This could feel like a mini-course in ancient history, but I’m only heading back 20 years.
In the mid 1980’s during University, my email was a mcgill.ca address while my American associates had an “.edu” email address. Access to these systems was via a Telnet session at the school’s terminals. From home, I could dial-in to a SLIP server with a 2400 baud modem, and get my email as long as I had a Telnet client.
Those who didn’t visit College had usage of a Freenet account, that was also accessible through Telnet.
When I graduated and had to fund an Internet Service Provider, I accessed email through POP and SMTP with Outlook or Eudora for years until I wanted the ability to access the web from anywhere in the world. IMAP helped bridge the gap as long as the mail client was setup on might work and home computer so all my mail, Inbox, Sent Items, and Drafts, were synchronized.
With the popularity of web based emails by the mid 1990’s, the big 3 were MSN’s Hotmail, Yahoo! and Google’s Gmail buy edu email. People would change or have multiple accounts as storage area was the biggest headache. It wasn’t sometime ago when 2 megabytes was the most storage space. Gmail was the first to offer 2 gigabytes of storage, and continuously growing.
Most web based email providers had the ability to download POP email, your email “from” or “reply-to” address was usually your online based email address. That is acceptable for private use, but not for corporate use.
At a corporate level, Microsoft Exchange combined with Outlook client was extremely popular, and continues to be popular today. Exchange is a messaging and groupware server that uses IMAP together of the numerous protocols to access email. It also gets the Outlook Web Access feature that was easier than conventional web based email because it had your contacts, shared calendars and public folders.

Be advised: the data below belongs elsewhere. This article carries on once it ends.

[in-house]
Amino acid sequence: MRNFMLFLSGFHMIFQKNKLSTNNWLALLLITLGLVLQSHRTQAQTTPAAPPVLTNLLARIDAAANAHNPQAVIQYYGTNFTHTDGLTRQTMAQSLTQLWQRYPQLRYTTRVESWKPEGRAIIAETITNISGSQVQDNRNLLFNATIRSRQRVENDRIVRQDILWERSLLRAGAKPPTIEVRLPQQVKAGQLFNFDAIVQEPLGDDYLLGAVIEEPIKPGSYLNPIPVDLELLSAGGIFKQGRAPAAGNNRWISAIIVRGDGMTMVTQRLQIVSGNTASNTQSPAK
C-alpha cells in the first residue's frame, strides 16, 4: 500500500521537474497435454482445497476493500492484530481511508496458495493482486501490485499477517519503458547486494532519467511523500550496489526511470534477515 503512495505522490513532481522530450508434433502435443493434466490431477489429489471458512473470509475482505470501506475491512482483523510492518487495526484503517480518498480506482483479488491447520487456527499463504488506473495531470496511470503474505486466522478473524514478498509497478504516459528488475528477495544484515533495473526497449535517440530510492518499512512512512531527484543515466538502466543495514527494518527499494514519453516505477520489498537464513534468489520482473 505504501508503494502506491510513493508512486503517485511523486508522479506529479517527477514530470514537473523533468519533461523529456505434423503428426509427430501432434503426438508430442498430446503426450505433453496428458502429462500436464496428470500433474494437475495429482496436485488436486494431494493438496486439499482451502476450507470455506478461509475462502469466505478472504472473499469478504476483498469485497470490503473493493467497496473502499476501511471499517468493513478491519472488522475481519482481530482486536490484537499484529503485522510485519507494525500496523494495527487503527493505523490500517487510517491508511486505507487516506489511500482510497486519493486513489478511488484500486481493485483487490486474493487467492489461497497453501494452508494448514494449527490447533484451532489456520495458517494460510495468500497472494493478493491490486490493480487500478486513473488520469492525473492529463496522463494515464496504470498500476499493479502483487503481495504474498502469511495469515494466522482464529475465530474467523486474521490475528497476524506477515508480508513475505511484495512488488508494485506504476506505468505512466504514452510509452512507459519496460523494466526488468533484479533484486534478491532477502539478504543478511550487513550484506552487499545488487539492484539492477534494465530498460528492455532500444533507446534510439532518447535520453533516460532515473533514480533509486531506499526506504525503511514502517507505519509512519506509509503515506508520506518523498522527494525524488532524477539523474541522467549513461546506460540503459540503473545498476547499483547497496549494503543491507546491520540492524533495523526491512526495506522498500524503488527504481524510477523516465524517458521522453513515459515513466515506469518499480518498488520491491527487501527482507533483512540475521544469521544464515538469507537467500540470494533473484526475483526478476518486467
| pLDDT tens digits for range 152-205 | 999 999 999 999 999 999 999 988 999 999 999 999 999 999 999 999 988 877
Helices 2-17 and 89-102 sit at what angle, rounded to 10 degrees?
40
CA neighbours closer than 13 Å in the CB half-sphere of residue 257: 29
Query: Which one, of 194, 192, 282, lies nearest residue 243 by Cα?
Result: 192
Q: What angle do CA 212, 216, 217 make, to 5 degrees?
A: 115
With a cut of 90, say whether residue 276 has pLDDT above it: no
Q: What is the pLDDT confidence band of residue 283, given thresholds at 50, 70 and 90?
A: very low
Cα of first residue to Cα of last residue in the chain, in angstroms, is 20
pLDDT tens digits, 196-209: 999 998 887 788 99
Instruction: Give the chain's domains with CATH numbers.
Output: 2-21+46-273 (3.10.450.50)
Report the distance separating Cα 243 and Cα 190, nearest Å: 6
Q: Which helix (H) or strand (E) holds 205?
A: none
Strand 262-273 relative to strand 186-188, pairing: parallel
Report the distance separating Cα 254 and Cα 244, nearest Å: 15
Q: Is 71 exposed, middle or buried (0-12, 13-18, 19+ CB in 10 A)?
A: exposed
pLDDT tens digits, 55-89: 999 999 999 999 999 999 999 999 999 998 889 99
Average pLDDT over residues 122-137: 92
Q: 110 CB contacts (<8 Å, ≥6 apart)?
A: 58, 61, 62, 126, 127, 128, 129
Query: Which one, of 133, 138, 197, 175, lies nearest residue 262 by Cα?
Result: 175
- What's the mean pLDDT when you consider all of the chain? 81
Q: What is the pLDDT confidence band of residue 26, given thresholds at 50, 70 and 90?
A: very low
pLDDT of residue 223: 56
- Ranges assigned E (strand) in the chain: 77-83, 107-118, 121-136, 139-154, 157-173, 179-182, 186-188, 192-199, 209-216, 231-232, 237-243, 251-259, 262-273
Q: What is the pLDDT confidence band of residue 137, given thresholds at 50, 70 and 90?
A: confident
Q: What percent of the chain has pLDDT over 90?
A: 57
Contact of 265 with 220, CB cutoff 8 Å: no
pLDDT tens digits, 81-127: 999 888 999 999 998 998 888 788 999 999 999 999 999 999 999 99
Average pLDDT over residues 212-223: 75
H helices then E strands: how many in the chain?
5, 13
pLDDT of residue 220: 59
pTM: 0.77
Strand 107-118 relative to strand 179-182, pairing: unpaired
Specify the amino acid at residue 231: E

Today, I still like using Outlook, because it supplies a great “store and forward” mechanism: the ability to work off-line on my laptop. I can easily work in Draft mode on an airplane and hook up to the Internet to synchronize my mailbox when back on land. Plus, my Contacts are synchronized with my Palm PDA or Blackberry wireless handheld device.
Sure, I could download my Yahoo or Gmail to my Outlook by utilizing POP, nonetheless it wouldn’t synchronize any changes. It also depends if my mail was deleted on the server after downloading, or stored on the server. Sorting email can be painfully slow with Yahoo in comparison to Gmail’s lightning fast search algorithm, but you can’t sort by file size, for example.
Since Gmail supports IMAP, by combining it with Outlook, I combine the best of both worlds. There are some options that come with Outlook I cannot live without, and with the popularity of social networking, integration with LinkedIn or Facebook makes it more appealing.
There is a trend for private email decreasing in favor of Instant Messaging and txt messaging via cell phone. However, Email will will have a devote the corporate world.